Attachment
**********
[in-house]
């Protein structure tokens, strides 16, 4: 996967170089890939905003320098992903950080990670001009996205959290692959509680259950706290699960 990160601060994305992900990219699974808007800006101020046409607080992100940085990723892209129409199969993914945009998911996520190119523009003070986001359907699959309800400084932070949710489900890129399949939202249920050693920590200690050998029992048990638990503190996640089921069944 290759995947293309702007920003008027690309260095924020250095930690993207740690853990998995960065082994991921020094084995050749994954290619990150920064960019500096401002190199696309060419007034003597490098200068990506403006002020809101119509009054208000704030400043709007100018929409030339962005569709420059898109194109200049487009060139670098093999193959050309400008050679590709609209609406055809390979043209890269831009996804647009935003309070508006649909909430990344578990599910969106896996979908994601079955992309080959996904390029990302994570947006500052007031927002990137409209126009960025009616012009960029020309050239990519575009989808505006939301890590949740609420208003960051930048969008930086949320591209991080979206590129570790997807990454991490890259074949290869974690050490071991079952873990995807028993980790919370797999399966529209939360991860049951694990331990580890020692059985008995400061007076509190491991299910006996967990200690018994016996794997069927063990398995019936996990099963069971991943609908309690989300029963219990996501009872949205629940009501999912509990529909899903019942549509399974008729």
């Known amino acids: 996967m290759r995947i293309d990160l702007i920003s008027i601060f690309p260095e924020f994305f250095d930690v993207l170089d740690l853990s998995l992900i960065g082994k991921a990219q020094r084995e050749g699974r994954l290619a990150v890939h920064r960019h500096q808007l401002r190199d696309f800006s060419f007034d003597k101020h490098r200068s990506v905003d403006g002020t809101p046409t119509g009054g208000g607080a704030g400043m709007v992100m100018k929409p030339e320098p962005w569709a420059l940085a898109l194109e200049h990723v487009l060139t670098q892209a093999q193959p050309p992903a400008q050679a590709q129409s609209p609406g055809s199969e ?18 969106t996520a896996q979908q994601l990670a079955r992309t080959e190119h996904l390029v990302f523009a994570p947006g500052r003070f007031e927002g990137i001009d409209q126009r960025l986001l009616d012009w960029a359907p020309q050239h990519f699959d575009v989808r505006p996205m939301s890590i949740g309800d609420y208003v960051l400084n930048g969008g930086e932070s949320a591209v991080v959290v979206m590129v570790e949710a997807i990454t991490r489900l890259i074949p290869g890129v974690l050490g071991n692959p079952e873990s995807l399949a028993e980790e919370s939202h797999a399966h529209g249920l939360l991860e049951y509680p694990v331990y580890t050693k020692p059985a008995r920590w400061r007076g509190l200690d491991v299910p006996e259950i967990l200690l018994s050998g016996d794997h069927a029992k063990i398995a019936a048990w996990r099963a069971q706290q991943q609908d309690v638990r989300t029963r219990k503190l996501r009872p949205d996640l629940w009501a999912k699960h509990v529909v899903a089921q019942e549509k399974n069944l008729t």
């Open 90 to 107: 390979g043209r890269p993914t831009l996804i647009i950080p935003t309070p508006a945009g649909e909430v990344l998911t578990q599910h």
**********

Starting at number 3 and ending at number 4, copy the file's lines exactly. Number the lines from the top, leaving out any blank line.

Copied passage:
């Known amino acids: 996967m290759r995947i293309d990160l702007i920003s008027i601060f690309p260095e924020f994305f250095d930690v993207l170089d740690l853990s998995l992900i960065g082994k991921a990219q020094r084995e050749g699974r994954l290619a990150v890939h920064r960019h500096q808007l401002r190199d696309f800006s060419f007034d003597k101020h490098r200068s990506v905003d403006g002020t809101p046409t119509g009054g208000g607080a704030g400043m709007v992100m100018k929409p030339e320098p962005w569709a420059l940085a898109l194109e200049h990723v487009l060139t670098q892209a093999q193959p050309p992903a400008q050679a590709q129409s609209p609406g055809s199969e ?18 969106t996520a896996q979908q994601l990670a079955r992309t080959e190119h996904l390029v990302f523009a994570p947006g500052r003070f007031e927002g990137i001009d409209q126009r960025l986001l009616d012009w960029a359907p020309q050239h990519f699959d575009v989808r505006p996205m939301s890590i949740g309800d609420y208003v960051l400084n930048g969008g930086e932070s949320a591209v991080v959290v979206m590129v570790e949710a997807i990454t991490r489900l890259i074949p290869g890129v974690l050490g071991n692959p079952e873990s995807l399949a028993e980790e919370s939202h797999a399966h529209g249920l939360l991860e049951y509680p694990v331990y580890t050693k020692p059985a008995r920590w400061r007076g509190l200690d491991v299910p006996e259950i967990l200690l018994s050998g016996d794997h069927a029992k063990i398995a019936a048990w996990r099963a069971q706290q991943q609908d309690v638990r989300t029963r219990k503190l996501r009872p949205d996640l629940w009501a999912k699960h509990v529909v899903a089921q019942e549509k399974n069944l008729t």
């Open 90 to 107: 390979g043209r890269p993914t831009l996804i647009i950080p935003t309070p508006a945009g649909e909430v990344l998911t578990q599910h």